Nutrition is a lot like politics… If you find yourself going too extreme in any direction, you’re probably going to make Thanksgiving weird. A few years back I went vegan for 365 days while racing full time and I learned a lot about this trendy diet/lifestyle. Mainly, I learned it doesn’t work for elite level mountain biking. Let me explain…

First off, I love a lot about veganism on both the nutritional side of the diet as well as on the more philosophical side. However, if there’s one thing the constantly changing headlines about ‘what to eat’ and ‘what not to eat’ has taught us, it’s that nutrition is complex and drawing a hard line around any single diet or fad is probably going to leave you with a few blind spots. These are the one’s I found:

Bio Availability

Yes, you can get all macro and micro nutrients the human body needs from plants. However, all forms of macro and micro nutrients are not created equal, nor are they packaged the same in the food source. Typically, plant sources are fewer, much harder to unpack, and more difficult to use. The two most serious issues here for endurance athletes are iron and protein. Let’s start with protein…

Every single animal-source of protein is what’s called a “complete protein”. This means it contains adequate amounts of all 9 essential amino acids that the body needs. Dairy, eggs, fish, poultry, etc. are built of similar proteins to that of the human body and therefore provide starving/damaged muscles from a gnarly ride everything they need, quickly and efficiently.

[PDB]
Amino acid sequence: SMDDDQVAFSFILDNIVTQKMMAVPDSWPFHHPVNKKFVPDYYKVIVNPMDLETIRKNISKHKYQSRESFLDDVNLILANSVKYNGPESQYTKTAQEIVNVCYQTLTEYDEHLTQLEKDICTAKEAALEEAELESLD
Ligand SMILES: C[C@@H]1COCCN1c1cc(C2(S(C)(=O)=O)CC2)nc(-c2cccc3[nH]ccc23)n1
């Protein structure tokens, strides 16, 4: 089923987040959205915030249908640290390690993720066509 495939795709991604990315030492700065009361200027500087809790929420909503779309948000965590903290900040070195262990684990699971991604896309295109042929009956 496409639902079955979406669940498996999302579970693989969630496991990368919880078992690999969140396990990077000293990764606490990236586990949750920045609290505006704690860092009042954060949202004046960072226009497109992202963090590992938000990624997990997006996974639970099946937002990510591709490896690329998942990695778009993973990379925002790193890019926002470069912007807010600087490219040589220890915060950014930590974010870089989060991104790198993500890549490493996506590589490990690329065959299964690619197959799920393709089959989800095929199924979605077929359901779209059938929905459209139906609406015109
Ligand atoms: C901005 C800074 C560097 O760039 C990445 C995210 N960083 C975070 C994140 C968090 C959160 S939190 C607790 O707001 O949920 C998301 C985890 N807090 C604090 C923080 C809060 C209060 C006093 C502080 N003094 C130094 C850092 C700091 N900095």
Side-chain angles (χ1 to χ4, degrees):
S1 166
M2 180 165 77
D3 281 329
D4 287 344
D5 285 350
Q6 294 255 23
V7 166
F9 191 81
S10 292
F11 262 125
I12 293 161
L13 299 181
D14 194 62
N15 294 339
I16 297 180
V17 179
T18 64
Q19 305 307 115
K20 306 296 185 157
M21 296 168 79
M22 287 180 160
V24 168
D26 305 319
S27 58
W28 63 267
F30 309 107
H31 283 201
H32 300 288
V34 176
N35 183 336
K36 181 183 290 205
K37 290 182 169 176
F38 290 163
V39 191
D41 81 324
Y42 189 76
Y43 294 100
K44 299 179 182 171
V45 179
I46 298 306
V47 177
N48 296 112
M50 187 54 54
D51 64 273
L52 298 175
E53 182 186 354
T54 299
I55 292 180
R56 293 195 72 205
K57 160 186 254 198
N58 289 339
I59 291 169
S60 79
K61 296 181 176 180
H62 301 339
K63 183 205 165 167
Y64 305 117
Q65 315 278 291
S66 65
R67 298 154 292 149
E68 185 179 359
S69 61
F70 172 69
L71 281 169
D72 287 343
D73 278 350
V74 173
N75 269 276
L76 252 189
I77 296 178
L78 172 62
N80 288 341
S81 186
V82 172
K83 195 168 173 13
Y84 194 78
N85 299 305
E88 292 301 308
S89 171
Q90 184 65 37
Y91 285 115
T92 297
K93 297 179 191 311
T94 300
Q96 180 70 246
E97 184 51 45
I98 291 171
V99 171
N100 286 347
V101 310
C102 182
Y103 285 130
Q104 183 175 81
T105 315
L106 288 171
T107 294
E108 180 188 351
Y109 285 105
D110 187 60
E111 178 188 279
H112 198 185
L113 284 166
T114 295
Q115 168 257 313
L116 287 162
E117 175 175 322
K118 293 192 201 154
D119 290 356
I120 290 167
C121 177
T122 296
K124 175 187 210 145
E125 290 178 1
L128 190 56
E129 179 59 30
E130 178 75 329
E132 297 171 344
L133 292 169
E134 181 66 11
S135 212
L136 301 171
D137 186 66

Plants are “incomplete proteins” because they lack one or more of the essential amino acids. Further, they have, on average, a significantly lower percentage of protein to total mass than animal sources. This means plant proteins need to be combined together to ensure all essential amino acids are being obtained and often need to be taken in supplement form in order to ensure starving post-workout muscles are getting enough. A similar dilemma can be seen with iron.

Iron deficiency is the world’s most common nutritional disorder and this is especially true with endurance athletes due to the rapid production and loss of red blood cells for oxygen delivery. There are two types of iron – heme, and non heme. Heme iron is found in animal proteins and has a very high bioavailability (an absorption rate of up to 25%). Non heme iron is what is found in plants and supplements. Plants on average already have significantly less iron compared to animal foods, and on top of this non heme bioavailability is only around 3-15%.


Due to a lower quantity and bioavailability of key nutrients in plants as well lower caloric density, consuming 5,000-6,000 calories of vegan cuisine on a big training day can be tricky. The reason here is endurance athletes already need more protein and micronutrients than the average person. As discussed above, plant sources of food provide less of both of these. Because of this, everything consumed on these big training days needs to be nutritionally dense and/or a ton of supplements need to be consumed.